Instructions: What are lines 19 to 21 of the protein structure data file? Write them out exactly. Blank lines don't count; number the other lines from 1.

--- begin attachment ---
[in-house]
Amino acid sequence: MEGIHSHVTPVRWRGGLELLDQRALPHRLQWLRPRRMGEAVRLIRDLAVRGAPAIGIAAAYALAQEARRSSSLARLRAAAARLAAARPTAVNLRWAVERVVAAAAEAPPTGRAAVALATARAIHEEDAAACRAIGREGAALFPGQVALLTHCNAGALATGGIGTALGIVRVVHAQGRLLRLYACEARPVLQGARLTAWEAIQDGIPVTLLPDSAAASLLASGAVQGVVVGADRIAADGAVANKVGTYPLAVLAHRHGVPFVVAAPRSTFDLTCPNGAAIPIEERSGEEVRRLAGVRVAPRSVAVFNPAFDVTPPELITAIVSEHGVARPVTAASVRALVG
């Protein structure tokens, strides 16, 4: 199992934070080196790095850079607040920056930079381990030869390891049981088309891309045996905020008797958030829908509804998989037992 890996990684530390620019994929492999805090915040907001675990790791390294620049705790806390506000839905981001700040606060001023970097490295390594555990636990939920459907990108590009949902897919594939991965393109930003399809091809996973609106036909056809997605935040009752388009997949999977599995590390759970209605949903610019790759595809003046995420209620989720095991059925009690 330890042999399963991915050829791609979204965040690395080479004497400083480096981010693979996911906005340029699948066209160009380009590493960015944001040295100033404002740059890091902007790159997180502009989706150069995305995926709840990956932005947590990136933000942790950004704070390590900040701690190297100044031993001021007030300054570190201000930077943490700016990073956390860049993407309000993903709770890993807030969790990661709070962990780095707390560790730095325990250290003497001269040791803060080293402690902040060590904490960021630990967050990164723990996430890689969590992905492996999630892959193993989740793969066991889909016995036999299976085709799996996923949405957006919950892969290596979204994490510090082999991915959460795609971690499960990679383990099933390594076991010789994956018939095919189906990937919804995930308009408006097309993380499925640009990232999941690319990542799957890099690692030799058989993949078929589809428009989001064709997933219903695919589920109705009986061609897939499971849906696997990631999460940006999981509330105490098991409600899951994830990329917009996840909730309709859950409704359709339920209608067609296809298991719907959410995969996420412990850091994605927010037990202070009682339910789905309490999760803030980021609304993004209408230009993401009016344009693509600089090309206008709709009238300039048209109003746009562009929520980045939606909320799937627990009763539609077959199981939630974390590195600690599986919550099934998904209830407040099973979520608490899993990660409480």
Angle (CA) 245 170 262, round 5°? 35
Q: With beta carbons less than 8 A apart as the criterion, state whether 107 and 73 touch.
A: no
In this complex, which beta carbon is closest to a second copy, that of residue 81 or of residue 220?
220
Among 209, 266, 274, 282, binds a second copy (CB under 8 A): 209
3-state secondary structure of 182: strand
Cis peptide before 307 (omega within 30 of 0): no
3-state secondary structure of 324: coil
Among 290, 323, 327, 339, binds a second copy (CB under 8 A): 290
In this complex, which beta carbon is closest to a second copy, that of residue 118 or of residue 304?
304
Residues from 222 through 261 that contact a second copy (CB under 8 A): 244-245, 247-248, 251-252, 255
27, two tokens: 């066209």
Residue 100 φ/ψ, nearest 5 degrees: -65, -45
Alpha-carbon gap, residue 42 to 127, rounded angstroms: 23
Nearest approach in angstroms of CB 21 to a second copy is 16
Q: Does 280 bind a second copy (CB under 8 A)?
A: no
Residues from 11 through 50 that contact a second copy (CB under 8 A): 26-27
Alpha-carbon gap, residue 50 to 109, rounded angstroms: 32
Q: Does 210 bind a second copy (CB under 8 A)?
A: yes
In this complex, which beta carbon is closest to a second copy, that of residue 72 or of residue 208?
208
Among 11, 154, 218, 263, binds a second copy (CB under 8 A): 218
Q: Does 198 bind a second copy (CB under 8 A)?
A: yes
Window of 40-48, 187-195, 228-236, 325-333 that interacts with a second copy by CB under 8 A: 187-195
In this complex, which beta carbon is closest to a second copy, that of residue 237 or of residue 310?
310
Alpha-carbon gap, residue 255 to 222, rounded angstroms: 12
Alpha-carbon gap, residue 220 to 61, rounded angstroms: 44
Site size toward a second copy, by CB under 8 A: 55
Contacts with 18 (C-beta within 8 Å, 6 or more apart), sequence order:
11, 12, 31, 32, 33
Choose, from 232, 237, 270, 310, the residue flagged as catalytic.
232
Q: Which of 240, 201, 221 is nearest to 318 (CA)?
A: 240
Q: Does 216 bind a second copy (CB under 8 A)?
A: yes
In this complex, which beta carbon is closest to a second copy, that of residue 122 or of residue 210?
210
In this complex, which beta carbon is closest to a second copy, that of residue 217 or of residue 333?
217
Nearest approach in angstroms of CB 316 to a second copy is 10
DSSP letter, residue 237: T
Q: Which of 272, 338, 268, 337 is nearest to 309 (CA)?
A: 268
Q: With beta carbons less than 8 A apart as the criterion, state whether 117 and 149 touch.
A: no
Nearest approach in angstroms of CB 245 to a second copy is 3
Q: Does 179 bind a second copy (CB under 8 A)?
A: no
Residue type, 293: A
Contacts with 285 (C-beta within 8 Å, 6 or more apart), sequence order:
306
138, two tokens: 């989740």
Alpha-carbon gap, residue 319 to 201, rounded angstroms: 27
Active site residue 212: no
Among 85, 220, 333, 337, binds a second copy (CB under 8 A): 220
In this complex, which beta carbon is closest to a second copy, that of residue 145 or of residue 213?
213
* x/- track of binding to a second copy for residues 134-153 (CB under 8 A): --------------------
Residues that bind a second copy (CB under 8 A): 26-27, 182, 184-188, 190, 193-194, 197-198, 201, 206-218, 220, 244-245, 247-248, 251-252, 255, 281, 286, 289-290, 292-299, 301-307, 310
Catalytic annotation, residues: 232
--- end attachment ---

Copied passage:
Alpha-carbon gap, residue 42 to 127, rounded angstroms: 23
Nearest approach in angstroms of CB 21 to a second copy is 16
Q: Does 280 bind a second copy (CB under 8 A)?